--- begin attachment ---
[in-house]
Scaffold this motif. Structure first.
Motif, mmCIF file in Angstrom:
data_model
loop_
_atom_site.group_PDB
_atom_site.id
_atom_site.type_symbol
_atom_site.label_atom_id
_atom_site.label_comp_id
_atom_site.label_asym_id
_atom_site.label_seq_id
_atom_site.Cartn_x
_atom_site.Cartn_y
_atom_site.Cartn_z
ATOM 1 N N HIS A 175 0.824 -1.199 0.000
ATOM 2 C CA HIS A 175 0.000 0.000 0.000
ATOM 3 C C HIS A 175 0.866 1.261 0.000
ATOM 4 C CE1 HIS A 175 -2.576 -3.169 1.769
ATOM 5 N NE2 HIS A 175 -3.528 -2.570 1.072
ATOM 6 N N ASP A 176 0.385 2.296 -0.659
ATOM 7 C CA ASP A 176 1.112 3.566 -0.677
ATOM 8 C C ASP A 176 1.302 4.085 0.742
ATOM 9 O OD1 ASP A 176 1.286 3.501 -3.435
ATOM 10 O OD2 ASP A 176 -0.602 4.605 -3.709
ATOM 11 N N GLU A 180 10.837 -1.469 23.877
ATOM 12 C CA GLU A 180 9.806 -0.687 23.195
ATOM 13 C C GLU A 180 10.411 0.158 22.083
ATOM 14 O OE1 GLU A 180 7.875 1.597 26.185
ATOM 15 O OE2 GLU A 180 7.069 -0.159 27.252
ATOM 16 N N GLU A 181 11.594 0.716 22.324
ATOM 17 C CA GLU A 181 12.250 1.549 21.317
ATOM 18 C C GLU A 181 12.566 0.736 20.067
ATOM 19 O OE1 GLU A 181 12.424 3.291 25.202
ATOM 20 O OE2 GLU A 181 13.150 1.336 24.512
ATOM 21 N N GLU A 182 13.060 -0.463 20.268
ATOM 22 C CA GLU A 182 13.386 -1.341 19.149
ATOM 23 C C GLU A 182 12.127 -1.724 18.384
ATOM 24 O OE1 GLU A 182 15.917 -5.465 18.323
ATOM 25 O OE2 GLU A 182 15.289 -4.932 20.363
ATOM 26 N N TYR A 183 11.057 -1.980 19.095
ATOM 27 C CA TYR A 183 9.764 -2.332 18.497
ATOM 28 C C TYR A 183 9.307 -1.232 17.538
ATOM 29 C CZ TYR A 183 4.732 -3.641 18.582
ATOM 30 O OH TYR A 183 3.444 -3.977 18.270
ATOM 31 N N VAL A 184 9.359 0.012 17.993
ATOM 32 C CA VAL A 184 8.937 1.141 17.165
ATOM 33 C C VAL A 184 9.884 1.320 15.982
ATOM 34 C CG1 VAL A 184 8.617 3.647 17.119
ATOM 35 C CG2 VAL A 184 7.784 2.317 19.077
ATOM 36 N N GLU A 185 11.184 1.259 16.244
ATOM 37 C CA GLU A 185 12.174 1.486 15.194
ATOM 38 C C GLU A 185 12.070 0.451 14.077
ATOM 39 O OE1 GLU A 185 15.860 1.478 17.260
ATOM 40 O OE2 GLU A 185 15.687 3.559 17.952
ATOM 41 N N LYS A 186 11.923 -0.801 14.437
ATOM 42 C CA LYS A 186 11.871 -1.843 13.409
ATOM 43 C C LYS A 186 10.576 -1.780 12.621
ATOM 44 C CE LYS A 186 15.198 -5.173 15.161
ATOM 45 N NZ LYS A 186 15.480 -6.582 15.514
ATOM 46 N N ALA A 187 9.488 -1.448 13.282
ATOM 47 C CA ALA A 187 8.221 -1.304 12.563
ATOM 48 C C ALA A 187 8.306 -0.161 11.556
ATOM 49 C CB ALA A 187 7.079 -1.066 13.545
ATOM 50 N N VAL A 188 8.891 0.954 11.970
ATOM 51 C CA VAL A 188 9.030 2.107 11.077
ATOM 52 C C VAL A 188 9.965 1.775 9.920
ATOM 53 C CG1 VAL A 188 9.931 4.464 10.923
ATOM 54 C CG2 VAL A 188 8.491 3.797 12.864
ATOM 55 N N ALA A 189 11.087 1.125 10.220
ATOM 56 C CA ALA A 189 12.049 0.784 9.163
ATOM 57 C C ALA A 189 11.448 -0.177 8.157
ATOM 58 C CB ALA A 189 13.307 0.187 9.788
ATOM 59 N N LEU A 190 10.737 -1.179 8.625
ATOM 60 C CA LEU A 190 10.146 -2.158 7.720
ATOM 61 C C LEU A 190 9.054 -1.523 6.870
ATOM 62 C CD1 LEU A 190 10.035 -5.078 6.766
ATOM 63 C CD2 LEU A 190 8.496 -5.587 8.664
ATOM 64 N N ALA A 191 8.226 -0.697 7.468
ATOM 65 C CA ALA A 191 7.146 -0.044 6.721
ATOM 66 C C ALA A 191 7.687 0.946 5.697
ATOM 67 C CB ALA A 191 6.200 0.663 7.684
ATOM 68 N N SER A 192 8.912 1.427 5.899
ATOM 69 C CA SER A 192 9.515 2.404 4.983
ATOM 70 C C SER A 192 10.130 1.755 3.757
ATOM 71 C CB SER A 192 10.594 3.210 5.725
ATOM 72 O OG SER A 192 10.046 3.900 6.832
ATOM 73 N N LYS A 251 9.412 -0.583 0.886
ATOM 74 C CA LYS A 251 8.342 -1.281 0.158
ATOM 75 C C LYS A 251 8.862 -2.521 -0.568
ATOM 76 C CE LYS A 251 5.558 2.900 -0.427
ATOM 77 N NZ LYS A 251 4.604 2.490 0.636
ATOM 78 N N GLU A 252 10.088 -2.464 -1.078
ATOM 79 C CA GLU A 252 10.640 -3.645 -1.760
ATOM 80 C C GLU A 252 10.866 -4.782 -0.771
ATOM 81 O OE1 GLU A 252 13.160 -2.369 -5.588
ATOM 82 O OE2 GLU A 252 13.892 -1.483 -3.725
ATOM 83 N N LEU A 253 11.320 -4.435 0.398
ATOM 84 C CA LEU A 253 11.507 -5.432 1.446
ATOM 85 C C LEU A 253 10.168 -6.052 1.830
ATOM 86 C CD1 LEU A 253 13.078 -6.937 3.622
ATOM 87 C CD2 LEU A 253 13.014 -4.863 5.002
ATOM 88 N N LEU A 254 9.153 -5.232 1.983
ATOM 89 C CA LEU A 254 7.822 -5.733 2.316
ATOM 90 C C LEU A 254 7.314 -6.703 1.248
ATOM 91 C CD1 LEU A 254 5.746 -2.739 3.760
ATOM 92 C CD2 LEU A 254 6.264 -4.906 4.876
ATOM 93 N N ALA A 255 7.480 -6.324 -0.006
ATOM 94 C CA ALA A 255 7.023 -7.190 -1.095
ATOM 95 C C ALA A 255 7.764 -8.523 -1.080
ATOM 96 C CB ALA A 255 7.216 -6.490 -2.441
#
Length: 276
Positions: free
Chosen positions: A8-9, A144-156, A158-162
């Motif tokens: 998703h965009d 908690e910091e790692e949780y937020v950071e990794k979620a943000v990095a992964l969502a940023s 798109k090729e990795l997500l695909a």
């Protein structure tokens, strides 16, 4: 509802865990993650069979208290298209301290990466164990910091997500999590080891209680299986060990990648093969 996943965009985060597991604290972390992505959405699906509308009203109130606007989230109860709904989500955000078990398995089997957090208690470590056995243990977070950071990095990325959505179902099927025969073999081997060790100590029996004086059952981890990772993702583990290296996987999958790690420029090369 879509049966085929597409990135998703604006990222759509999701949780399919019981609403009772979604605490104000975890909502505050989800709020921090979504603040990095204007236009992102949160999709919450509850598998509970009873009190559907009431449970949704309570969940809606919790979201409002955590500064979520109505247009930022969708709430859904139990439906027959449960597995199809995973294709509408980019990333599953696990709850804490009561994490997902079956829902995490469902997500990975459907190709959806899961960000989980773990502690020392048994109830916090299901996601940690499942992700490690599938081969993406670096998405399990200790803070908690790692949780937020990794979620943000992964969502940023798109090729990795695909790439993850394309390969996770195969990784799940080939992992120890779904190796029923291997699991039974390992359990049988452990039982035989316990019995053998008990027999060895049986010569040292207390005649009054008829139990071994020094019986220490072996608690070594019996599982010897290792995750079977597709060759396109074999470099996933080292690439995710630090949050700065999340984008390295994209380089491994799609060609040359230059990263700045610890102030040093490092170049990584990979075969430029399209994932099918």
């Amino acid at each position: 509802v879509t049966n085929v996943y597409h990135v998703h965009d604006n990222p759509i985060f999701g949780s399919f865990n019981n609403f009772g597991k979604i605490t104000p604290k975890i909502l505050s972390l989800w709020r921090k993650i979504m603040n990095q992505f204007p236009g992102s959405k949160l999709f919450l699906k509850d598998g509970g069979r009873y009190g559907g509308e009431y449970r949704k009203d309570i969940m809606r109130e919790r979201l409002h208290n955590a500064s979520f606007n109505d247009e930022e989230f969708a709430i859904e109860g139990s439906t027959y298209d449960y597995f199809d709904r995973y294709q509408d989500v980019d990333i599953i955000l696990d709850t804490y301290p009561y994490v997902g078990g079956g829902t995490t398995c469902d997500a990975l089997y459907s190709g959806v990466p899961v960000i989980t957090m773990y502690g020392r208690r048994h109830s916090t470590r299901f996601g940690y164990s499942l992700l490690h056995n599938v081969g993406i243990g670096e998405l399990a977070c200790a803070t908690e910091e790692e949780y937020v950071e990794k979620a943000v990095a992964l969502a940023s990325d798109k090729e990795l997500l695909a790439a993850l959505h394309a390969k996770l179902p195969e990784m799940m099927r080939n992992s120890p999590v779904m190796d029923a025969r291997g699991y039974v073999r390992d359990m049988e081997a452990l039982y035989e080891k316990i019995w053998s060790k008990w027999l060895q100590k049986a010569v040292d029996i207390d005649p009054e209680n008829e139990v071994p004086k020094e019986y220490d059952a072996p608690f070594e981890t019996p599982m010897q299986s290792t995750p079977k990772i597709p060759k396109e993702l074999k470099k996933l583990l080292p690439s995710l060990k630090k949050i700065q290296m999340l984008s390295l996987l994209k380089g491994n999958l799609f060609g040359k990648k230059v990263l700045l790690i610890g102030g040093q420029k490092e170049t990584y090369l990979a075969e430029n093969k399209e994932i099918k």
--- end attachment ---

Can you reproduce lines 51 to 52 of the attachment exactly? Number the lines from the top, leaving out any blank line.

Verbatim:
ATOM 36 N N GLU A 185 11.184 1.259 16.244
ATOM 37 C CA GLU A 185 12.174 1.486 15.194